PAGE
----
“The Southerner, with his Great Alibi,” Warren explains, unwittingly foreshadowing Obama, “feels trapped by history.” Even the entire problem of race, “according to the Great Alibi, is the doom defined by history — by New England slavers, Midwestern abolitionists.”

Explanation that assigns responsibility for attitudes and behavior to social forces always bears the risk of absolving people of responsibility for their own actions, of sliding inexorably from explaining to explaining away. The view, moreover, that blacks are somehow uniquely still controlled by their own history is ultimately patronizing and insulting, trapping them in perpetual victimhood. For both blacks and whites, in short, history — make that History — can sometimes explain, but it can never excuse.

In a New York Times (of all places) column six years ago, “History As Alibi,” Maureen Dowd (of all people) concluded with what turns out to be a prescient comment on our current president’s use of the history alibi: “History is just the fanciest way possible of wanting to deny or distract attention from what’s happening now.”

Say What? (7)

  1. Tregonsee July 21, 2013 at 7:36 am | | Reply

    I tire of reminding people that simply because you understand and sympathize with someone who is behaving irrationally, that does not mean you should condone or encourage them, especially when their behavior is destructive to others or themselves. A couple of generations back we understood what grief can do, and gently tried to help someone through it. Today, we take that grief as a sign that “something must be done.”

  2. LTEC July 21, 2013 at 10:37 am | | Reply

    Another group supposedly “controlled by their own history” are the “Native Americans”. It seems to me that EVERY group that we treat as controlled by their own history will be a miserable failure.

  3. Faceless Commenter July 21, 2013 at 1:57 pm | | Reply

    Not only does it excuse present crimes; it excuses future ones. Who’s to say when the ill effects of “history” end? Sandra Day O’Connor figured about 25 years from the day when she upheld race-based university admissions policies. I suspect Black Americans will extend the expiration date every time it comes up.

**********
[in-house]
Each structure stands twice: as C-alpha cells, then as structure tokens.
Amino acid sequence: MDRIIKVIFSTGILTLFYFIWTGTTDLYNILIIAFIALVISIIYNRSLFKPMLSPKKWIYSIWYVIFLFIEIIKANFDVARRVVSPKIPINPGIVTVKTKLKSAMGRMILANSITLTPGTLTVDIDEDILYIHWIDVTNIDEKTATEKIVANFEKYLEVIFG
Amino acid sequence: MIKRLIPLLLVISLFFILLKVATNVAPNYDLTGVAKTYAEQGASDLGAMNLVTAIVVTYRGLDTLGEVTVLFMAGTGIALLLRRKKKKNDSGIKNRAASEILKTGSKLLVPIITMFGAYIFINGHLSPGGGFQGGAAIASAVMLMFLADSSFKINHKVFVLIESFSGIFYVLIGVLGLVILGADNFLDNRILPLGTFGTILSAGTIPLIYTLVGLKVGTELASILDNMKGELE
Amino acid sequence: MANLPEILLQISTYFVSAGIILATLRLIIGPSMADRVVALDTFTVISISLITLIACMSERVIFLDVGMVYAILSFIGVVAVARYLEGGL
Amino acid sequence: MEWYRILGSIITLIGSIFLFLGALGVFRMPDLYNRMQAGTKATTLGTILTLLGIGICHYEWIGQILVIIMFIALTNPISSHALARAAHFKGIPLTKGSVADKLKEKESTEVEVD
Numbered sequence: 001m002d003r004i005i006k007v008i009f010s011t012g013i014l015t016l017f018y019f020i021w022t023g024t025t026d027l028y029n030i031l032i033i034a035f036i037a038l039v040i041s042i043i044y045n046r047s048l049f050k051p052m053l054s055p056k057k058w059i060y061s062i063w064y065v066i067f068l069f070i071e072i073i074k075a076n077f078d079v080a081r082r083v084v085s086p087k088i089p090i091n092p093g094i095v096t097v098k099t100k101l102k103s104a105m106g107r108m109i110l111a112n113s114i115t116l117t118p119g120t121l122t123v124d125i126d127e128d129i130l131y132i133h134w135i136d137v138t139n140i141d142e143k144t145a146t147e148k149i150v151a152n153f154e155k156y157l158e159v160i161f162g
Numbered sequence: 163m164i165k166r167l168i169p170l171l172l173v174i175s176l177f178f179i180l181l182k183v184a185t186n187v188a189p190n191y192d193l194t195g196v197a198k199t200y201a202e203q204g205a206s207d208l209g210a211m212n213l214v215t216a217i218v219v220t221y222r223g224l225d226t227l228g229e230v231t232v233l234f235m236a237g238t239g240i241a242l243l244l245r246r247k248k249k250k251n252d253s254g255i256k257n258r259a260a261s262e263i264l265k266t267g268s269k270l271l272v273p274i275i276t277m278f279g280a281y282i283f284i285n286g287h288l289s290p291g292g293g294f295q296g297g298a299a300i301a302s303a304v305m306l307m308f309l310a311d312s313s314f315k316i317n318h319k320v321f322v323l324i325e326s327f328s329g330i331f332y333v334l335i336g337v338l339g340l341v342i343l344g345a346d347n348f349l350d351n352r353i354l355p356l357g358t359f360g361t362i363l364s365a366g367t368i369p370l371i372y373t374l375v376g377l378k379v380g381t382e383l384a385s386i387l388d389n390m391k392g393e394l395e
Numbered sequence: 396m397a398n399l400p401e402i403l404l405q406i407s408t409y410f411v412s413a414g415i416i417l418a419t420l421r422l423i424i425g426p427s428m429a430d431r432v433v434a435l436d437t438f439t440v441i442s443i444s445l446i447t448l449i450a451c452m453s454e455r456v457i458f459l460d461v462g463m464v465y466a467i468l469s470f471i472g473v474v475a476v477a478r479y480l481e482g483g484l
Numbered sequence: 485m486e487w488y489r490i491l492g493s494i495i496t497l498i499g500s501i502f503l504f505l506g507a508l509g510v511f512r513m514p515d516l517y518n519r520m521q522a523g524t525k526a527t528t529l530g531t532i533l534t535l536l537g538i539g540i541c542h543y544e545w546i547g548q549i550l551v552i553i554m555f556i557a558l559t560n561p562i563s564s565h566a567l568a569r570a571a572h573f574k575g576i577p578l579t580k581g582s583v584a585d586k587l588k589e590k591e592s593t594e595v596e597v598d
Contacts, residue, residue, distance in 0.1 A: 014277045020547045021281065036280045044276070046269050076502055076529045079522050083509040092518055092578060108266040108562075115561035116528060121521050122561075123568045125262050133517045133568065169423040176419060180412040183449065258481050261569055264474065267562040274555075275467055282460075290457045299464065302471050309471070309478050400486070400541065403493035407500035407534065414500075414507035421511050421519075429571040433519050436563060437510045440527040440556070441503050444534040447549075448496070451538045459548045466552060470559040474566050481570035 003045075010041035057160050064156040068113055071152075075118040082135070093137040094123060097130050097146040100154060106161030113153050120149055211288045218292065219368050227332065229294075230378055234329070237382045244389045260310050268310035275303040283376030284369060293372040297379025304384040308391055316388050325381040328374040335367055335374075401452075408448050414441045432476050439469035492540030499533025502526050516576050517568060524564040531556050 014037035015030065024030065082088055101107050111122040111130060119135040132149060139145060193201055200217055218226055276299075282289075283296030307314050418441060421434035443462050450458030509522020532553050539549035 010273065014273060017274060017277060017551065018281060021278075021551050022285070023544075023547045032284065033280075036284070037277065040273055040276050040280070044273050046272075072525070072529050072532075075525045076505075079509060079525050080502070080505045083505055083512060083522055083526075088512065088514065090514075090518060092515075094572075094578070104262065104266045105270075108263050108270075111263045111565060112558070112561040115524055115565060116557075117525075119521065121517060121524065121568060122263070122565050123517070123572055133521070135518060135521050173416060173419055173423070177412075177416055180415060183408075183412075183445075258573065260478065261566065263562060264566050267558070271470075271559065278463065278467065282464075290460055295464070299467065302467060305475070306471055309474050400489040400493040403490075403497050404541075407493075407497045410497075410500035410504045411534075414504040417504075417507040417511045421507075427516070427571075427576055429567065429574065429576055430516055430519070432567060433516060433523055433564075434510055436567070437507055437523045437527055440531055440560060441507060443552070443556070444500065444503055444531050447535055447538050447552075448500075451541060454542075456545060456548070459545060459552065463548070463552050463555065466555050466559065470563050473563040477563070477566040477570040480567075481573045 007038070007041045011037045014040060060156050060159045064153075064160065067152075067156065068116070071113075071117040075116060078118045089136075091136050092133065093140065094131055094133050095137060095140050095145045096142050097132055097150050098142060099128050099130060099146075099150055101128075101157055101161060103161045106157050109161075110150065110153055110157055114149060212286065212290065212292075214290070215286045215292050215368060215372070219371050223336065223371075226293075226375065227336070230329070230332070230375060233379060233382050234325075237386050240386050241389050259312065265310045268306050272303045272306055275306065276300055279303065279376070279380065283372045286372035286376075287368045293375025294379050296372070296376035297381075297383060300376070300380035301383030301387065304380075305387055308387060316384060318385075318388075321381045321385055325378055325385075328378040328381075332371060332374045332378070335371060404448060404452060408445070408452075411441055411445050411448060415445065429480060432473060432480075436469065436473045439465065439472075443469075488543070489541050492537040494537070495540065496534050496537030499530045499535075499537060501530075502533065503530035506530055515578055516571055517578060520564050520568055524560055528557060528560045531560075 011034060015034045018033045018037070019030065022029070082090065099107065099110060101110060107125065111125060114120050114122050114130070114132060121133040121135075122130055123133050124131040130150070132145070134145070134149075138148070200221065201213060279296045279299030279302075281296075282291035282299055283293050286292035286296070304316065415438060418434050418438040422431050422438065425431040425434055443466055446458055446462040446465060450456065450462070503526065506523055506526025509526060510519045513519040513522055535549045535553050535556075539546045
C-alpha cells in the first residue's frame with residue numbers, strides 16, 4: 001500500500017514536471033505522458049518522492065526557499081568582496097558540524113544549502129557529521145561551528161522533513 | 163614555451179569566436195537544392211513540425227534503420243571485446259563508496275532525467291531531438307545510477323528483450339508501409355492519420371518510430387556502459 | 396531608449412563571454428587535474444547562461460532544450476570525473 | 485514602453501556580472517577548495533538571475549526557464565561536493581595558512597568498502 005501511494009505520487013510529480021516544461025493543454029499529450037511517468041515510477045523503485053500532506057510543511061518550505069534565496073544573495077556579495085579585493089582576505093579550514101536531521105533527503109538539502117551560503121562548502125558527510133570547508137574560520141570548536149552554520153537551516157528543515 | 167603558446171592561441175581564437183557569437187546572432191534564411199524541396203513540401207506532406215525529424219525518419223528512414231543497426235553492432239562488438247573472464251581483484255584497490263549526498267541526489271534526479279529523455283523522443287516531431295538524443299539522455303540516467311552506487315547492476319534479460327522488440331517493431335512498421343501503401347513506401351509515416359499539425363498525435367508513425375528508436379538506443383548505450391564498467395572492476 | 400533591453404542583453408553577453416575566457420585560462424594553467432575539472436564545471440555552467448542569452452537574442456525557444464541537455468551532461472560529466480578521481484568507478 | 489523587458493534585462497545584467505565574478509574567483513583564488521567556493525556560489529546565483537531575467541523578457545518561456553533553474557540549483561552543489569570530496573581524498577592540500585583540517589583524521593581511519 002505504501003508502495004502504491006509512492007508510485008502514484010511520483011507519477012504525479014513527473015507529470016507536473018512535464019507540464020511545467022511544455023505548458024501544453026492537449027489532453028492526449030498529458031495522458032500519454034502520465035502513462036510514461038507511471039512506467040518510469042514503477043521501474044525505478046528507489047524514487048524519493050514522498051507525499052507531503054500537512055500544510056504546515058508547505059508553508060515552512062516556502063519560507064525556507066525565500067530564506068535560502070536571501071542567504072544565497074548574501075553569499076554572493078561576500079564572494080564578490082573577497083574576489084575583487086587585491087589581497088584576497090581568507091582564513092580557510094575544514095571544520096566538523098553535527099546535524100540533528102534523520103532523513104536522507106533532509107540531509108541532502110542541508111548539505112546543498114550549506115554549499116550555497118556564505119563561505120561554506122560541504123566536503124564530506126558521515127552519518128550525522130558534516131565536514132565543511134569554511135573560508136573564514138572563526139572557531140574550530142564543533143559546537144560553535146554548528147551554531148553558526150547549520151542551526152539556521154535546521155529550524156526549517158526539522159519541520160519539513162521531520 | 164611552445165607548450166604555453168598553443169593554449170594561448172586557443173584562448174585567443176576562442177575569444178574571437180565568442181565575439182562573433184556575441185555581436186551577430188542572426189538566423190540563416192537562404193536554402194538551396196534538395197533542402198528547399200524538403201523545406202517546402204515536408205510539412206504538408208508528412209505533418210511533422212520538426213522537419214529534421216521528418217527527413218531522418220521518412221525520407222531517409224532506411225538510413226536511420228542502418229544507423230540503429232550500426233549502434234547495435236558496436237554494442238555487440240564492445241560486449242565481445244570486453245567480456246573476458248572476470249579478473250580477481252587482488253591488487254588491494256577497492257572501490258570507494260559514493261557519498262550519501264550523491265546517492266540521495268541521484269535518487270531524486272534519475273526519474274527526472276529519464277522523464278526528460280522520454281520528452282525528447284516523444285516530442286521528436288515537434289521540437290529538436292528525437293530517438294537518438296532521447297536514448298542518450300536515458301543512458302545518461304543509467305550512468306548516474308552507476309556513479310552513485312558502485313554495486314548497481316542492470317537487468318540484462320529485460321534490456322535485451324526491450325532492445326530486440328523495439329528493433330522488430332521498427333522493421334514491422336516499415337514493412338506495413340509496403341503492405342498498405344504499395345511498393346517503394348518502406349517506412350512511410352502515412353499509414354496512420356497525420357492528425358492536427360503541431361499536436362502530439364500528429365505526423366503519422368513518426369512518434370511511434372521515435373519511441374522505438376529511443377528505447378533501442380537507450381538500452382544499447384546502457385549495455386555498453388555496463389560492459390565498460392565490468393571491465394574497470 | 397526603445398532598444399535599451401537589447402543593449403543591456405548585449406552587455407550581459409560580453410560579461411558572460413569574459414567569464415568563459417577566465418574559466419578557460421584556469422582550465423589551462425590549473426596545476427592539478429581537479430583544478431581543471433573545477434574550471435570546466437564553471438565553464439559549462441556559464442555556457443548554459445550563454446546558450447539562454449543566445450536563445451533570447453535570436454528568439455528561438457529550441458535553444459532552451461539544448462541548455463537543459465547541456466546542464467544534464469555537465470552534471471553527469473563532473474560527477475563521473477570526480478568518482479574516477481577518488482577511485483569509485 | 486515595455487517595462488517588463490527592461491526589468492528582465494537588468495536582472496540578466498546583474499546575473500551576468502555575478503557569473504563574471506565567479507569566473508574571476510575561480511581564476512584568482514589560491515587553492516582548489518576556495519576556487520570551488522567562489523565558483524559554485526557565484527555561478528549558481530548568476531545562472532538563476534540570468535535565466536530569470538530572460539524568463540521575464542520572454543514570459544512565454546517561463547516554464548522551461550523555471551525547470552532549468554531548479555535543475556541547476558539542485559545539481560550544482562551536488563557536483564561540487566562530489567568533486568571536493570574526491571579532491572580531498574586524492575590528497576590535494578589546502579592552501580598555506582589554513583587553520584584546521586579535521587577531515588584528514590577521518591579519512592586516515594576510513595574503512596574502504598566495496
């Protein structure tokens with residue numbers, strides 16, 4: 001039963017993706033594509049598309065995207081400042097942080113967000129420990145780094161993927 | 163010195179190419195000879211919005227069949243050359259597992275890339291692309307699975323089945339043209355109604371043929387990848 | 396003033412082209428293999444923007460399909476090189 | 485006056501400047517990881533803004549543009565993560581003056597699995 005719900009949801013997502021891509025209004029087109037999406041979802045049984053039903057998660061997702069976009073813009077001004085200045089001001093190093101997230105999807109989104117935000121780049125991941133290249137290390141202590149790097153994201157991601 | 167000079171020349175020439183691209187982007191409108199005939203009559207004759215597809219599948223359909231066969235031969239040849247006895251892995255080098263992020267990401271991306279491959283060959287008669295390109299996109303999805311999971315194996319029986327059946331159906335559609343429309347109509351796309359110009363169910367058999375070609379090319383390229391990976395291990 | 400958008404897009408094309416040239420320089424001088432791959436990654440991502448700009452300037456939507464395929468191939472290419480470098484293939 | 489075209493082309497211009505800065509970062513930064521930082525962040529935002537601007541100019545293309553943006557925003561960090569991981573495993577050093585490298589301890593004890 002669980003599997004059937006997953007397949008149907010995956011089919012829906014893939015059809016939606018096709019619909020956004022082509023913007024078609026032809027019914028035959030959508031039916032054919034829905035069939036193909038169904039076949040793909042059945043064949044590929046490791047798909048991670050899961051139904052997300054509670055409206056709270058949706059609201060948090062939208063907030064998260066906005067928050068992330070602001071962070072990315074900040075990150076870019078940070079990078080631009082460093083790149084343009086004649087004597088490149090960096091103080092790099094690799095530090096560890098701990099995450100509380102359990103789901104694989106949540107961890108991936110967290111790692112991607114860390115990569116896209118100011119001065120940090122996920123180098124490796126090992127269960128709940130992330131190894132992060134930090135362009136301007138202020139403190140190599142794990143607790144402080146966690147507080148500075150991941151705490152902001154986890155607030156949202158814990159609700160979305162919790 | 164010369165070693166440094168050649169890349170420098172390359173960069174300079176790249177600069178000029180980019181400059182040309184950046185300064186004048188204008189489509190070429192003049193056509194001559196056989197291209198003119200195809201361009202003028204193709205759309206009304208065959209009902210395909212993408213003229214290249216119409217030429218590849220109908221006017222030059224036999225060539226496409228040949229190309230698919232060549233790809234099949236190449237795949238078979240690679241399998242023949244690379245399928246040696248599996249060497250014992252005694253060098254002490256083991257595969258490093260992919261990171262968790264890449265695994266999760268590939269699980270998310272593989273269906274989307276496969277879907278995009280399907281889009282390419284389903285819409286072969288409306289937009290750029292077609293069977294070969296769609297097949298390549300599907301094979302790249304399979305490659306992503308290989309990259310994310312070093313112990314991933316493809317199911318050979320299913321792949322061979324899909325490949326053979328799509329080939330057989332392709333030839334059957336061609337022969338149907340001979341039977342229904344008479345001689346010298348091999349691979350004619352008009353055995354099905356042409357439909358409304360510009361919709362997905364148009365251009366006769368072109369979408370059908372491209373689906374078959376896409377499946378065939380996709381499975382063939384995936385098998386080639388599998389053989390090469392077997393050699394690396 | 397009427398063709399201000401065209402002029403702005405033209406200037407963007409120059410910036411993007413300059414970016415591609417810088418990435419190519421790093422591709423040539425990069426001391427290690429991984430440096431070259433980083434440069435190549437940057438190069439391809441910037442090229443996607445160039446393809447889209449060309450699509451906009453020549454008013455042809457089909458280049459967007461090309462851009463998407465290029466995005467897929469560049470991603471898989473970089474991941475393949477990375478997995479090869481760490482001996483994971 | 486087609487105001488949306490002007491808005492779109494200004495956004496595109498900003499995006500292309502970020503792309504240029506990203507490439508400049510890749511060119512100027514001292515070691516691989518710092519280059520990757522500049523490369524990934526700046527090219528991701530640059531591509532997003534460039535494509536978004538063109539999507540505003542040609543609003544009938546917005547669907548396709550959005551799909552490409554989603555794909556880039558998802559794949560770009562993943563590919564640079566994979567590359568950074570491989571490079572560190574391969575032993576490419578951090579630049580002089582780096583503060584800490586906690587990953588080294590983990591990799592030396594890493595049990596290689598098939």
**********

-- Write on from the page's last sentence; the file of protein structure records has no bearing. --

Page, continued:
All rather odd considering how well the Puritans got on with their lives after they escaped the bonds of legal oppression.

  4. awriting July 21, 2013 at 3:36 pm | | Reply

    With these comments, Obama also endorses the idea that biased views of facts are justified. The Zimmerman case and verdict involves facts, evidence, and testimony. These facts are NOT open to interpretation. For example: Zimmerman was attacked; there is no evidence of racism or profiling; Zimmerman did not disobey the request to stay in his car. Other things are open to interpretation. Yet Obama did not in his comments address the difference between case facts and parts of the case open to interpretation. He unfortunately did not distinguish the two. Moreover, he did not criticize members of the black community who continue to distort the facts of the case. He rather justified those distortions by claiming the case must be viewed in the historical context. In other words, the biased views of facts are justified. Does Obama feel the same way about individuals who reject climate science? Does he justify rejection of global warming evidence by placing the “deniers” views in a historical context?

  5. Jim DeCamp July 21, 2013 at 6:42 pm | | Reply

    “History is bunk.” – Henry Ford

    As an alibi, history is most certainly bunk.

  6. moron July 21, 2013 at 7:51 pm | | Reply

    One wonders why O does not compare himself, being half white, to Zimmerman, a white Hispanic?? Closer there than to a full black. Trying to remain a closet racist I guess.

  7. Claire Boston July 22, 2013 at 11:44 pm | | Reply

    What happens when you allow the ‘black victim’ mentality to take itself to the logical extreme? Detroit.

    Black mayor, black chief of police, black fire chief, mostly black city council, required to use black-owned businesses for contracts, whether they are adequate or not. An entire culture of black victims, because the whites, the asians, and the middle class blacks have abandoned Detroit for the most part. What is left – bombed out and decaying buildings frequented by drug dealers and their customers, desperate women who feel that somehow they can reform a man and get him to marry them by getting pregnant with his child (up to child number 7 now, and 7 ‘men’ have avoided committment), and a bunch of black do-gooders like Jackson and Sharpton who play seagull on the downtrodden.

    But they still insist that it’s all white people’s fault. That whites have destroyed Detroit. I used to have customers that I visited south of Eighth street in Detroit. I was scared to death, since if I stopped at a light or a sign, these black men would come swarming out of the shadows and approach my car, some trying the door handles to see if they could open the door. I first stopped coming to a halt at lights and signs, then told my boss that I would no longer travel to Detroit, even in the daytime.

    Fortunately, I never had to use the .357 in my purse. But it was a close thing a couple of times. And the businesses that I used to visit are now gone, boarded up and vandalized like much of Detroit.